GREENWICH PARK Borough: Greenwich, zone 2/3 Number of people in park: thousands Time for one circumnavigation: 40 minutes
The sky is a sharp blue. The gates to the park are narrow, and a crocodile of prams, pushchairs and tricycles trickles through. Some bloke has turned up with a bucket of detergent and a bubble-blowing wand, to the delight of a small girl in a pink anorak. The National Maritime Museum urges passers-by to consider its royal exhibition and its scrumptious cakes. On an adjacent bench an ear-muffed lady is picking over an avocado in a plastic tray. This is the best time of the year to cycle aimlessly around the drained boating lake. Two teenagers have been practising tricks by the Millennium Sundial, and stop to review their video footage before uploading.
Fewer people walk up the edge of the park than across the middle. Joggers tackle the hill climb with panting resignation. Some visitors have brought their families, others their dogs, several both. Wolfhounds lead their owners towards the Observatory, labradors explore tree trunks, and terriers waddle by in thermal coats. Just one tree has burst out into glorious pink blossom. Squirrels pose for photos in the Flower Garden beside roped-off pansies. A retired couple pause to listen to birdsong, before two nattering friends frighten the performers away. Where viewing permits, two stags can be seen in the enclosure shoving logs around with their antlers.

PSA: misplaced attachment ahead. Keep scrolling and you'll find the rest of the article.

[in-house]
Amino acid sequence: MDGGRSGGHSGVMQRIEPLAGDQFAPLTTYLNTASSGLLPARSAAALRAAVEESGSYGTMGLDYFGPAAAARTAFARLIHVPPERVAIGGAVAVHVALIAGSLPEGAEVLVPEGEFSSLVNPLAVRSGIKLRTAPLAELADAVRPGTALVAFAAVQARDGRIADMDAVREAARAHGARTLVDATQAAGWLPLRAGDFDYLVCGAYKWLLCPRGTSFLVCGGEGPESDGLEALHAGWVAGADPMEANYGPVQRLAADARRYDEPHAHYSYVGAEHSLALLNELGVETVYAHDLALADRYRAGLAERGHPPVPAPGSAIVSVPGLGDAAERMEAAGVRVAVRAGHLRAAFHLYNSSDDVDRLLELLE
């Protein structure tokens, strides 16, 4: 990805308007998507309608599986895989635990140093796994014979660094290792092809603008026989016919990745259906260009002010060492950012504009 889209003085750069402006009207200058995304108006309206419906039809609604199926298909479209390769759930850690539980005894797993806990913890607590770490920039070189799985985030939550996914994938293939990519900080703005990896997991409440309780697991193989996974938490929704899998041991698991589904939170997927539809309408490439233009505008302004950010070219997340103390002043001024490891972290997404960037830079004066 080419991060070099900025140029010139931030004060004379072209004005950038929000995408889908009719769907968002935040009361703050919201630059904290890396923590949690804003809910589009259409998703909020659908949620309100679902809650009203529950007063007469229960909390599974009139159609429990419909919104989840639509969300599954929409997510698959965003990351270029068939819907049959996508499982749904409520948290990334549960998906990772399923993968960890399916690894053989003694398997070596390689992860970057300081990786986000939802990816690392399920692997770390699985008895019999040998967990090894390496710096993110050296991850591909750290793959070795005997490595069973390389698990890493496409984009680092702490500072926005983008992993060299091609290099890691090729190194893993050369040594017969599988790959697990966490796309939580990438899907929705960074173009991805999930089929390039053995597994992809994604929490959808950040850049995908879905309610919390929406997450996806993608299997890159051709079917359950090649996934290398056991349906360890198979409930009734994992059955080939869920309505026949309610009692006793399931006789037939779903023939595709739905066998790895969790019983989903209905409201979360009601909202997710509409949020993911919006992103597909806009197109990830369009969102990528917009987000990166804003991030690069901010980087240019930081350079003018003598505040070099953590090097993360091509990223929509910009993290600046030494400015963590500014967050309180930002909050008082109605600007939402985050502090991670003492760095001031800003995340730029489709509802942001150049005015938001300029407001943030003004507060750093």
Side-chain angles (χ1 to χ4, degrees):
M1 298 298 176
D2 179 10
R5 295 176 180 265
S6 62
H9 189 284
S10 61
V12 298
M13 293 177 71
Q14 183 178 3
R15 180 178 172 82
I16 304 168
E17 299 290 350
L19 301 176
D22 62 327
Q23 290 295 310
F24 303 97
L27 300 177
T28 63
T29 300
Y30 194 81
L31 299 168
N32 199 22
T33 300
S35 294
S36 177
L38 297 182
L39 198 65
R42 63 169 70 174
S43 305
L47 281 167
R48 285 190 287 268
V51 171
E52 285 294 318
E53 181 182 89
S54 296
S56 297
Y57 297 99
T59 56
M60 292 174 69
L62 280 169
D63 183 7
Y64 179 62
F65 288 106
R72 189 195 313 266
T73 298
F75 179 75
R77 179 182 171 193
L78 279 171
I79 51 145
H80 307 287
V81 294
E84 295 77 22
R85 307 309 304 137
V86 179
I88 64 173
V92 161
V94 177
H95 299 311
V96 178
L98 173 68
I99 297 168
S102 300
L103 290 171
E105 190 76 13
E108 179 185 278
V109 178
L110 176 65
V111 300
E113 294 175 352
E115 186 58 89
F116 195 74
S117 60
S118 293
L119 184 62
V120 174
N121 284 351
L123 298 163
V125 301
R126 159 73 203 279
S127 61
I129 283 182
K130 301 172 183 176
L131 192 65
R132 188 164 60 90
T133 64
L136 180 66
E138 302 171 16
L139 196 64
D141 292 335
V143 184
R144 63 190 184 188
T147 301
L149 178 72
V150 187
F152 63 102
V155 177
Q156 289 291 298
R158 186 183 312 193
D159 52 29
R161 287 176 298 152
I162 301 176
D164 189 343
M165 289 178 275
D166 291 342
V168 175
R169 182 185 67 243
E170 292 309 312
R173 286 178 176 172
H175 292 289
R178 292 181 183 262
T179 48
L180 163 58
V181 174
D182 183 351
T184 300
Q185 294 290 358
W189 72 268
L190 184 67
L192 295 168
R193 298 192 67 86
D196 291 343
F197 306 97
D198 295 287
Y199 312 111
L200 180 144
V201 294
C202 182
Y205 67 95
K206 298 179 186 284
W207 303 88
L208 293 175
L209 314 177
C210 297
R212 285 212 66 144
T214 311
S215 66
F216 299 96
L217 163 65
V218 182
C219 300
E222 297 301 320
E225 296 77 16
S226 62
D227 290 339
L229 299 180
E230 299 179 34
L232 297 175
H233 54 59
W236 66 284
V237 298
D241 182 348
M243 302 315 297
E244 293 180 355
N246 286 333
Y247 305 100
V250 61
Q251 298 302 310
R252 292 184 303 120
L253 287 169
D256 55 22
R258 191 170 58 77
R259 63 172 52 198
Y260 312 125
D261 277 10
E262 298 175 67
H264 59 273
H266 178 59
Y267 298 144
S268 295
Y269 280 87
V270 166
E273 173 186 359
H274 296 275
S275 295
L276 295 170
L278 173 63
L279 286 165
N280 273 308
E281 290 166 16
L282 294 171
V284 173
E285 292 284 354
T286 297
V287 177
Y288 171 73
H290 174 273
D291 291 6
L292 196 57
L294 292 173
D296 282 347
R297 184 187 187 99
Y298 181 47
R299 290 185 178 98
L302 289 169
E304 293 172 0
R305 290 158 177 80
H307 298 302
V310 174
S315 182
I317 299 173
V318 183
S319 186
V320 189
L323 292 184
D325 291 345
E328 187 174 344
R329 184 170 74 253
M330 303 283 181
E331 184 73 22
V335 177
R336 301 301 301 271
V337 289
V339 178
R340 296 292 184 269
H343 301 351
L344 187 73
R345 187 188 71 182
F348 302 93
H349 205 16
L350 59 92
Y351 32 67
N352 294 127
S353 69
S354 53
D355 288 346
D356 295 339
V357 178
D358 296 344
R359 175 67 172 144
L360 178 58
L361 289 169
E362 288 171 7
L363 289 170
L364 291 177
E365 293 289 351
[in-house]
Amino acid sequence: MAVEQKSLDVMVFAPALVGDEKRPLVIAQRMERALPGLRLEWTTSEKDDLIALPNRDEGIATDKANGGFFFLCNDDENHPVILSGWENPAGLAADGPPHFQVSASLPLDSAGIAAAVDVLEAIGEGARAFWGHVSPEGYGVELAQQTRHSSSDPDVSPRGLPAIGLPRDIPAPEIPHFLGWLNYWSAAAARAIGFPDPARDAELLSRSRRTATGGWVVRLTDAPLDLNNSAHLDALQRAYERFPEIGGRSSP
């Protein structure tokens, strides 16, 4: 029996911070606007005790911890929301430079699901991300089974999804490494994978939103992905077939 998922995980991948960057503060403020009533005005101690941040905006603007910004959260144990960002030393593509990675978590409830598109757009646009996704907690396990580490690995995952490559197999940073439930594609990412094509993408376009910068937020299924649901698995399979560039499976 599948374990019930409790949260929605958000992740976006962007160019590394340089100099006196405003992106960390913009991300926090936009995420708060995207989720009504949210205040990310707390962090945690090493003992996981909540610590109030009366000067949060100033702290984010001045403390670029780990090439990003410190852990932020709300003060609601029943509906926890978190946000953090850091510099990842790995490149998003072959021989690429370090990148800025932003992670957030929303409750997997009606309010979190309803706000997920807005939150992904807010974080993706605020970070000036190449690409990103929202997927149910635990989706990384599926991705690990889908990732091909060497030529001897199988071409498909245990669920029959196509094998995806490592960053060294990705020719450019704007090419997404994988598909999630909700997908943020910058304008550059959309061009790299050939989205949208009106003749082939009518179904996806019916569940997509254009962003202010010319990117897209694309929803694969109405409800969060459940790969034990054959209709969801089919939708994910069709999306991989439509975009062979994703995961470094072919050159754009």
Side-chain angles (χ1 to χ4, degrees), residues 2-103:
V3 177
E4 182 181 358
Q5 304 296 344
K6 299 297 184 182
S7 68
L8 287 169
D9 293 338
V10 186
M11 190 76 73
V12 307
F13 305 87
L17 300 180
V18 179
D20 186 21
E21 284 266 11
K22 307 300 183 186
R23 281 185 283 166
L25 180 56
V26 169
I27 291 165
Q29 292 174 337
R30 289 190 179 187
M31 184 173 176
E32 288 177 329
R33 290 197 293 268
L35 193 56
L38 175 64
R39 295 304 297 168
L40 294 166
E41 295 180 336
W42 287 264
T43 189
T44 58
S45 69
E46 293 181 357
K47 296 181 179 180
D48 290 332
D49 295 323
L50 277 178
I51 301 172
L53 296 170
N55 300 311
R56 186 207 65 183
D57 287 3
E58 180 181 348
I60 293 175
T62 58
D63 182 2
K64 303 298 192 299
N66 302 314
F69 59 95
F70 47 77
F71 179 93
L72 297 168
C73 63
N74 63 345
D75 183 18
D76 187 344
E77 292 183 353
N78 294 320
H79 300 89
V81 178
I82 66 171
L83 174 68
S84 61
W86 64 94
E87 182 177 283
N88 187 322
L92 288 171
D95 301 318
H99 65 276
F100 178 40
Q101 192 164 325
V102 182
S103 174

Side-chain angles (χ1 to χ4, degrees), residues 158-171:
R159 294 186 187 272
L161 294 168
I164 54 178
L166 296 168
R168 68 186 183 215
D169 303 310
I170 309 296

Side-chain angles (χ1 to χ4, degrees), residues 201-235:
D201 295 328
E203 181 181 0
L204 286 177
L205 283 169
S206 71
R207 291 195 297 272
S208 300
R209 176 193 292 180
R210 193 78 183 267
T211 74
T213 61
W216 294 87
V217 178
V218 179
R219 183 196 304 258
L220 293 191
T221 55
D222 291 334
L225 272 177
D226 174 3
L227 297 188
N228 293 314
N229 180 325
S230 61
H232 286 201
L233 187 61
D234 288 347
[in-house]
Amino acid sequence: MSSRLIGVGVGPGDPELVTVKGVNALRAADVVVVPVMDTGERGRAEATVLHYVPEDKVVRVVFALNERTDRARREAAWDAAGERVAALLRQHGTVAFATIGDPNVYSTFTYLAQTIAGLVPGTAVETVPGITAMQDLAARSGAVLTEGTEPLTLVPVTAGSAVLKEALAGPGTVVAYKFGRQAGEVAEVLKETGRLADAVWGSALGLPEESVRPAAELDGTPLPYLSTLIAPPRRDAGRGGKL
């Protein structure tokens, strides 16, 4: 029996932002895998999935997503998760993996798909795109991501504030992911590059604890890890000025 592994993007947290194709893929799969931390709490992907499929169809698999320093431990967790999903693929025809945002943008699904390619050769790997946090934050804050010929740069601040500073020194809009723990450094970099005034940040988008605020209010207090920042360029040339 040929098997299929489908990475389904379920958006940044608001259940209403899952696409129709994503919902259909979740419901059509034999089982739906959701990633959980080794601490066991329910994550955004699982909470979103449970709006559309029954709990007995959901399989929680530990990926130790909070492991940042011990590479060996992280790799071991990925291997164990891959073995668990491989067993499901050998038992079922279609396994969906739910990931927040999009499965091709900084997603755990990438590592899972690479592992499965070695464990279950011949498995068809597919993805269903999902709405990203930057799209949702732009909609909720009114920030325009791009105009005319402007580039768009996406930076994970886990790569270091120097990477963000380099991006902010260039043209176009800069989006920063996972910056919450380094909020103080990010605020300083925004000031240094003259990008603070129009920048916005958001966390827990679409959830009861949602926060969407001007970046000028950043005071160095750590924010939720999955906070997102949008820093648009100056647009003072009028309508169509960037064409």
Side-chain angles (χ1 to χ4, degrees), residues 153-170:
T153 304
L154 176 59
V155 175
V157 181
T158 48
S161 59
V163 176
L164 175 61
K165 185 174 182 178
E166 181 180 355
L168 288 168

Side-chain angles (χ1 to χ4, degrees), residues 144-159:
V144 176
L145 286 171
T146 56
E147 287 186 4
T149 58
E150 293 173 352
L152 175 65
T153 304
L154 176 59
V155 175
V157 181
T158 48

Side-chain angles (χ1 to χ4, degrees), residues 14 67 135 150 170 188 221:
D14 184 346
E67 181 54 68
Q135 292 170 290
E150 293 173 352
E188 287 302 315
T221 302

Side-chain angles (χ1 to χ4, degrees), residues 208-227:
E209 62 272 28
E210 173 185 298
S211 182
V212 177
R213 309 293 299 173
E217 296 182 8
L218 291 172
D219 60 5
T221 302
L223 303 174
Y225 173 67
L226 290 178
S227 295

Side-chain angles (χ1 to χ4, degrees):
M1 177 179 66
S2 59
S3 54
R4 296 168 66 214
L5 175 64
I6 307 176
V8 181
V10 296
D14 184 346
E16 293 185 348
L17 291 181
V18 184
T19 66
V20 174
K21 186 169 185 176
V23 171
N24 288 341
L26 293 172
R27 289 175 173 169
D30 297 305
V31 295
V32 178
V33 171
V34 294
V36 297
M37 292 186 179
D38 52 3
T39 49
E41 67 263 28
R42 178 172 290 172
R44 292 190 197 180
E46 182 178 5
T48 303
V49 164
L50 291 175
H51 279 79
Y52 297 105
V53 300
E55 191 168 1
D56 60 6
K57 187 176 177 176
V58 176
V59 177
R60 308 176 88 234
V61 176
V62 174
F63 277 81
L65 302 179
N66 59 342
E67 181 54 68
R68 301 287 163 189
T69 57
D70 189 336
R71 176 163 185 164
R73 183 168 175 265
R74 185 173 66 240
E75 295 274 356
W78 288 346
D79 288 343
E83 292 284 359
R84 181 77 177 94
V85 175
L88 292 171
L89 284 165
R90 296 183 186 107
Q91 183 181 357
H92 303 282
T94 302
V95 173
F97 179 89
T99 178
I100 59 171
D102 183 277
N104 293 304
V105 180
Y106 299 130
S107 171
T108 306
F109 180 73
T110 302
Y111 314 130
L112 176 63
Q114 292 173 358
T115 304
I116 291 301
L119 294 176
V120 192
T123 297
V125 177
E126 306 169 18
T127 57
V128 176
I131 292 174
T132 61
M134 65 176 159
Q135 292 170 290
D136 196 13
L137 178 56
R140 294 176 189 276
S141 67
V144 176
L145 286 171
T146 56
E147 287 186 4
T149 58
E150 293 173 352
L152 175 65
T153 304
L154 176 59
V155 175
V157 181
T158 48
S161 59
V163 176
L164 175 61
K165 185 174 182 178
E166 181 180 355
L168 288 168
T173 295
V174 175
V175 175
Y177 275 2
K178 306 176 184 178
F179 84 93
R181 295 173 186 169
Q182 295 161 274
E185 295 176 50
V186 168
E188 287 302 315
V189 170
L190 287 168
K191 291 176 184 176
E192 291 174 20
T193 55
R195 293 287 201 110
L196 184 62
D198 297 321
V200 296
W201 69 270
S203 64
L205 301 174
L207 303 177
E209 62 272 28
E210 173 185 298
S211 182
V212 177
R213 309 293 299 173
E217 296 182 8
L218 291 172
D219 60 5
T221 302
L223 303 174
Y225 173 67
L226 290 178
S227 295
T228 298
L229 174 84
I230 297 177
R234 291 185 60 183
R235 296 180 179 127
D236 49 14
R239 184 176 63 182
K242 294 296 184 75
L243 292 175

Although the park is buzzing, the southwest corner is almost silent. Next summer's cricket screens have been stashed away against the far wall. Every bush in the Rose Garden has been decisively pruned back to a uniform height. Each of the benches around the circumference is occupied by well-wrapped souls soaking in the sun. Only one person is on the tennis courts, playing against themselves with the aid of a sloping wall. The burgeoning towers of Docklands dominate the view from the top of the escarpment. Woolly hats with jaunty stripes and fluffy bobbles are very much the fashion atop promenading couples. The bloke with the bucket is still blowing bubbles, but now to a smaller audience.
GREATFIELDS PARK Borough: Barking & Dagenham, zone 4 Number of people in park: less than twenty Time for one circumnavigation: 10 minutes